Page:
New folk art museum working to come to Pittsboro | Arts

New folk art museum working to come to Pittsboro

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The late, great whirligig creator Vollis Simpson is one of hundreds of artists whose work will be featured in the Small Museum of Folk Art. - FILE PHOTO BY JEREMY M. LANGE
  • file photo by Jeremy M. Lange
  • The late, great whirligig creator Vollis Simpson is one of hundreds of artists whose work will be featured in the Small Museum of Folk Art.
Things will be stirring in the local art world this spring. As the North Carolina Museum of Art embarks on a major renovation, a mom-and-pop business in Pittsboro hopes to break ground on a new folk and outsider art museum. It’s an exciting prospect for an area whose rich artisanal tradition predates its fine-arts pedigree.

The Small Museum of Folk Art is the vision of Dave Clark and Lisa Piper, who own the Small B&B Café. According to a press release, they received a gift from an unnamed donor of more than 400 pieces of folk and outsider art, including pieces from notable locals such as Vollis Simpson, the whirligig creator who passed away last year, as well as Clyde Jones, Jimmy Lee Sudduth and Virgil Lee Johnson.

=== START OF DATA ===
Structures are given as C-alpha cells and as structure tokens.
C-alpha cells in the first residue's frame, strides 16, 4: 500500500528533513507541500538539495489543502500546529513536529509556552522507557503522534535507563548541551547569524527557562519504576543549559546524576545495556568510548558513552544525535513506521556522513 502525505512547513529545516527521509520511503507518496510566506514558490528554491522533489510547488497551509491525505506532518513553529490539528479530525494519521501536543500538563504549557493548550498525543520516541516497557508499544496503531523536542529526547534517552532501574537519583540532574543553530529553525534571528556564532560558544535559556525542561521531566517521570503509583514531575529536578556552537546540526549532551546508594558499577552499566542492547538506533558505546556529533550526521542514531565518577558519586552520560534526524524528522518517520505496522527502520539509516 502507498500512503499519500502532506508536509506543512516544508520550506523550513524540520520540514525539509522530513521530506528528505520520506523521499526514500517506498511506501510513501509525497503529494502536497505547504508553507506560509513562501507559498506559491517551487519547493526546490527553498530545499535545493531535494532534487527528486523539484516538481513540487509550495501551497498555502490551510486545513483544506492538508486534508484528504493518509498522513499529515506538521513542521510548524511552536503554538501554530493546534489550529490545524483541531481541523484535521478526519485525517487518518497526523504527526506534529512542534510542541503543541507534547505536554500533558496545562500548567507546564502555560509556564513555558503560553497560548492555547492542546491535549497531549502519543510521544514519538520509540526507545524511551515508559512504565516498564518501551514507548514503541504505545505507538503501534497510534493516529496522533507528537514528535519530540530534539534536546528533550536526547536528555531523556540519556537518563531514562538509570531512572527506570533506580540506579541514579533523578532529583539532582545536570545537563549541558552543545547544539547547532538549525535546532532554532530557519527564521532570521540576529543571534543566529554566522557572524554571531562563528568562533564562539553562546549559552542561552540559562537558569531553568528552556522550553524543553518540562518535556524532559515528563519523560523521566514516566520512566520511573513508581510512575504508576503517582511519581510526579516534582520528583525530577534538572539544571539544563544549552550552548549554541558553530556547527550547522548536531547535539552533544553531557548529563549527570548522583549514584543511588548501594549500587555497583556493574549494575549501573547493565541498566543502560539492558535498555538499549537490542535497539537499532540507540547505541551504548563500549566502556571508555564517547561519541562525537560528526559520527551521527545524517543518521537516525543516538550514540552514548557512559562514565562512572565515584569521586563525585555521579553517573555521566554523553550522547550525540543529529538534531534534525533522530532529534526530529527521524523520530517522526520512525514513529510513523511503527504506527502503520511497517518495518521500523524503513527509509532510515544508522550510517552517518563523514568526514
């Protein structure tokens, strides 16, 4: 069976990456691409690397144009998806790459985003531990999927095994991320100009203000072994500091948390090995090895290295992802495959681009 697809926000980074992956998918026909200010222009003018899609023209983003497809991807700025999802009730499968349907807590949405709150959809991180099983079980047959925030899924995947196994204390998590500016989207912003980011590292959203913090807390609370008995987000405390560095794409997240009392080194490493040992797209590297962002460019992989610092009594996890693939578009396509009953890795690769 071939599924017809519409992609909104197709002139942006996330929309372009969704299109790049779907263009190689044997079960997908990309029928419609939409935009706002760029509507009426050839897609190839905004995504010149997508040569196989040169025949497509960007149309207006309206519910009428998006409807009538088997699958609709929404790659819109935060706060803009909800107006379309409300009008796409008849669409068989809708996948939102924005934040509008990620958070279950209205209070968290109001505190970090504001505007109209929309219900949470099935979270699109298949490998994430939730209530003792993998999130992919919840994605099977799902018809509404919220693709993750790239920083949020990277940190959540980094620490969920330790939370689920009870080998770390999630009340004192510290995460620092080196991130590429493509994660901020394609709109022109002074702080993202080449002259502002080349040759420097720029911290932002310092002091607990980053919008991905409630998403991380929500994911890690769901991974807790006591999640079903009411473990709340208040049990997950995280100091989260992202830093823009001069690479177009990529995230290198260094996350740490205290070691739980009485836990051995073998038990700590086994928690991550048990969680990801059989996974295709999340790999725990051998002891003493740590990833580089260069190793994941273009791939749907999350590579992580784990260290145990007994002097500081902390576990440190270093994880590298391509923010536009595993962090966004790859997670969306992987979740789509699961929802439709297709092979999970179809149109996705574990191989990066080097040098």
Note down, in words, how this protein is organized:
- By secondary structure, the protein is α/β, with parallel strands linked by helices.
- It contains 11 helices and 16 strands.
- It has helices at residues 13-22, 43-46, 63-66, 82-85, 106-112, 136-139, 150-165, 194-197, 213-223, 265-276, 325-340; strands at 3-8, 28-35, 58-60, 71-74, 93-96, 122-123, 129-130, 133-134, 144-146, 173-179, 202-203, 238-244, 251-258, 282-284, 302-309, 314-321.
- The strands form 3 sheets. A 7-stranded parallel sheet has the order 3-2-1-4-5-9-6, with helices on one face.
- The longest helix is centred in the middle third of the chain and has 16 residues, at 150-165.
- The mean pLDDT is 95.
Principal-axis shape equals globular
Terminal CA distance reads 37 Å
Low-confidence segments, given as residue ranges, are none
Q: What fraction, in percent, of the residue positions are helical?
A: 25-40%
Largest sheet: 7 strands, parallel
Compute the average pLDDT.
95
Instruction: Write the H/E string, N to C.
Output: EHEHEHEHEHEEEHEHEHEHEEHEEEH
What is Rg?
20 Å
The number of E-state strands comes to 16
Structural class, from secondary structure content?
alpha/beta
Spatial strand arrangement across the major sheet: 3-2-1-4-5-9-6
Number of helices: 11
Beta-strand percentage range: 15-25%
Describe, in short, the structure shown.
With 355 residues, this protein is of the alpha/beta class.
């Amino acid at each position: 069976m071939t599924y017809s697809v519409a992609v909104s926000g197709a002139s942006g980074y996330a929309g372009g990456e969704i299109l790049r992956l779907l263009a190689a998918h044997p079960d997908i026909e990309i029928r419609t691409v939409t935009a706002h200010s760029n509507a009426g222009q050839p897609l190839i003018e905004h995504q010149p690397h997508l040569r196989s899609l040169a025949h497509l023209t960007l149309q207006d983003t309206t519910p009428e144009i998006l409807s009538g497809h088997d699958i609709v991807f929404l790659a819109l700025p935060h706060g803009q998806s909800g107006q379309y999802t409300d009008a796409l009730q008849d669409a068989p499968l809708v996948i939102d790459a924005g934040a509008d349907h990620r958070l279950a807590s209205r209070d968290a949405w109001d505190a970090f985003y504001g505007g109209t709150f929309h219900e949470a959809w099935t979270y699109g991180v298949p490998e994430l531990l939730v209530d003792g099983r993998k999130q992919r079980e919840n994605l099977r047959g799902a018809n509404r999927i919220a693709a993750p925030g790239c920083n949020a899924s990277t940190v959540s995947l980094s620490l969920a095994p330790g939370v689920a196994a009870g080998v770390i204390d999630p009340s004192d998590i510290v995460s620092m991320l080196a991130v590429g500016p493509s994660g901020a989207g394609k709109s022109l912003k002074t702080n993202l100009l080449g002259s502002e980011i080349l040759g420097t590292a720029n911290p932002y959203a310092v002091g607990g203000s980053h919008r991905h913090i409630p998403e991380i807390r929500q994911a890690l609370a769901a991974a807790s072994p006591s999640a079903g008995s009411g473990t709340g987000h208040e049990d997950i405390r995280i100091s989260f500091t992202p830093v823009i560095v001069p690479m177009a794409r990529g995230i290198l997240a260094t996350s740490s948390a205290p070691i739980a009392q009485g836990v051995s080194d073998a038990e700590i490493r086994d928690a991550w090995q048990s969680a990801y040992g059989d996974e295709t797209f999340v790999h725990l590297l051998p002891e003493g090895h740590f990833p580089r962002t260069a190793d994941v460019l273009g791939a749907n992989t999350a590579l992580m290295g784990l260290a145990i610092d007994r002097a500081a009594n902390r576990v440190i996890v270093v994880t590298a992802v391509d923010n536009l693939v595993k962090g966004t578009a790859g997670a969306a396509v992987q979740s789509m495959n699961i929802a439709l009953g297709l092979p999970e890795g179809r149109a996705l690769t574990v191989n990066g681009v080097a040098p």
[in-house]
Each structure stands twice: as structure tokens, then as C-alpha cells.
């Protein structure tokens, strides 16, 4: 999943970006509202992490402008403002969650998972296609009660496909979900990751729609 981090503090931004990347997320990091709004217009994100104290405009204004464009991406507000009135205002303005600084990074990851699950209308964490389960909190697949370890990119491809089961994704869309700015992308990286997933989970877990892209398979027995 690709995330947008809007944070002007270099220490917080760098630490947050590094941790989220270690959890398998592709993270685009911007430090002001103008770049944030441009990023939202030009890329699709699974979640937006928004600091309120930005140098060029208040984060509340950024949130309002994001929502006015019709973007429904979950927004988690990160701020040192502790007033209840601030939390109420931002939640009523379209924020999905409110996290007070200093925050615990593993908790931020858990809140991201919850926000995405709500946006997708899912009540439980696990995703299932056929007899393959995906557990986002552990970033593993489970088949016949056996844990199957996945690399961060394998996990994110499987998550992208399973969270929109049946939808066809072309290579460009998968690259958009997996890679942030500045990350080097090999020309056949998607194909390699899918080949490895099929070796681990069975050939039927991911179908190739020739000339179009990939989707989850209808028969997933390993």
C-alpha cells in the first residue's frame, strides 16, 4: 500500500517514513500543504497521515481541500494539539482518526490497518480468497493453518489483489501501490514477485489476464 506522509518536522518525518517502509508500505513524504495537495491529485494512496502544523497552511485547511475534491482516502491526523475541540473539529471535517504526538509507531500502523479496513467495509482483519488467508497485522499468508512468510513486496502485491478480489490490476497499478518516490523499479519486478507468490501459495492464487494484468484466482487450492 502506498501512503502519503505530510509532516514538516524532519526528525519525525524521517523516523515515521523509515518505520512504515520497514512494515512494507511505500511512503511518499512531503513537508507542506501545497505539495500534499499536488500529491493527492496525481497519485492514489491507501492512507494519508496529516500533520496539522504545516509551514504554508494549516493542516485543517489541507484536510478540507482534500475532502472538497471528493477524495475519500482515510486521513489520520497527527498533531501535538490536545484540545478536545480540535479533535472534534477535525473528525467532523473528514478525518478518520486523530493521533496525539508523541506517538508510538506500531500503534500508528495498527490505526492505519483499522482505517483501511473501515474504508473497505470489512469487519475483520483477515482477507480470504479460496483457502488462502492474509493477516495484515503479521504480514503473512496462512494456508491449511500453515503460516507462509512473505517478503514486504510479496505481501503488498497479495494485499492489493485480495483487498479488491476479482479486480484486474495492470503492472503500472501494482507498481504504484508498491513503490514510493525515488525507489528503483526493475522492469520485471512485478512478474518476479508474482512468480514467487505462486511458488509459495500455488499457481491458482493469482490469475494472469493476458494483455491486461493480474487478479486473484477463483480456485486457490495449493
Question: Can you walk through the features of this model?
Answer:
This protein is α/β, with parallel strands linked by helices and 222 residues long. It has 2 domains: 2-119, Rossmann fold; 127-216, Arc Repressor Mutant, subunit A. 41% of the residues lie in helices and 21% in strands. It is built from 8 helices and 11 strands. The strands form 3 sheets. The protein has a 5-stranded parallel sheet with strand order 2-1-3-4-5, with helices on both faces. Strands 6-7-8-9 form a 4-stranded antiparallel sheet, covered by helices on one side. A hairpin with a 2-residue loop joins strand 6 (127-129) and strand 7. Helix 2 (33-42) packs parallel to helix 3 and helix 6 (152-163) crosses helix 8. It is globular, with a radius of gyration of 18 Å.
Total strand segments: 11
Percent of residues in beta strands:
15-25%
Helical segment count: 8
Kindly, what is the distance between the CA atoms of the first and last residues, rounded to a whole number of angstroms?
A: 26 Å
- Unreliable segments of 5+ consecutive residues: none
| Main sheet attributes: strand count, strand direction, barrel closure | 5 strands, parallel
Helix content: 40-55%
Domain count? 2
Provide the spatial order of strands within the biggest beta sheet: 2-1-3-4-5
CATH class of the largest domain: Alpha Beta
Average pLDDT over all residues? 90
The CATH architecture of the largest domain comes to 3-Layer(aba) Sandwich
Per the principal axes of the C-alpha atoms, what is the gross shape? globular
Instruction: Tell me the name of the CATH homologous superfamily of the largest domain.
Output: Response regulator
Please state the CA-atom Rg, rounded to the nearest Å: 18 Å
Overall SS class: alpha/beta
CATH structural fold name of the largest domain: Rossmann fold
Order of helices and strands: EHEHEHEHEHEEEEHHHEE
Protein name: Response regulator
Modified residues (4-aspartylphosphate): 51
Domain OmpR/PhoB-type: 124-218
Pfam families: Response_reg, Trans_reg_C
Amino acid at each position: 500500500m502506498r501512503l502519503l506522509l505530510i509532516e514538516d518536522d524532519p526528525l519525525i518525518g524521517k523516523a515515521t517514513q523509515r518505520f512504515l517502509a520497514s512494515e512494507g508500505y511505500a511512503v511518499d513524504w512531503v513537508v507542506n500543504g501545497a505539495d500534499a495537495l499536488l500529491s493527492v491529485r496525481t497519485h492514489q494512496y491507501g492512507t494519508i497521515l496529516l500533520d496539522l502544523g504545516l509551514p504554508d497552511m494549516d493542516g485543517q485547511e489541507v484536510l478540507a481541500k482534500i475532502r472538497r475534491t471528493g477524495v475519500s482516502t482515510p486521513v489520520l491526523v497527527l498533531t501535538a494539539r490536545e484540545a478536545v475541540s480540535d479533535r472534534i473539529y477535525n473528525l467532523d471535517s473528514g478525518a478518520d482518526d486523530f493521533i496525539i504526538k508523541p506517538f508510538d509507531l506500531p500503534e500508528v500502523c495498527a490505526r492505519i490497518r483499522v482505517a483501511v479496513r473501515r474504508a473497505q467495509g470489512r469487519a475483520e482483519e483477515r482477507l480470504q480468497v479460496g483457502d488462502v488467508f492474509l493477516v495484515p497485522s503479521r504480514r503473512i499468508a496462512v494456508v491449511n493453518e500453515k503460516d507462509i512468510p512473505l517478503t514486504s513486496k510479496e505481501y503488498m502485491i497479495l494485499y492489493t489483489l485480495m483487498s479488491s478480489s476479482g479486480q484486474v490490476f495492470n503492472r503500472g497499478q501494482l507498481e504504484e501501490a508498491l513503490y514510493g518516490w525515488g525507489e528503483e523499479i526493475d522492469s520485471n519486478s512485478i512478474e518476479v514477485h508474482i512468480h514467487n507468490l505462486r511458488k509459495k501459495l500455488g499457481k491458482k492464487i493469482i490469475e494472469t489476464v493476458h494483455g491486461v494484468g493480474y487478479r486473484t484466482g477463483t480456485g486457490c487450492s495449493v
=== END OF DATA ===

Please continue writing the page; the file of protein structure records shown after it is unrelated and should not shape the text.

According to the release, the museum facility has already been designed, and will be located on the same property as the Café, at the corner of Small and East Streets. The design plans are eco-friendly, including solar power, water reclamation and salvaged construction materials.

“Less is more and small is good,” Clark said in the release.

Clark and Piper have started a 501c3 organization, the Small Museum Project, to organize, manage and, first of all, raise funds for construction, which is slated to begin in March. The building campaign is set at $100,000, a “daunting challenge,” according to Piper. 

The Small Museum Project is seeking donations of materials and labor from craftspeople as well as funding from individual donors and foundations, and there will be multiple fundraising events in the coming months. If you’d like to help, find out how at the museum's website


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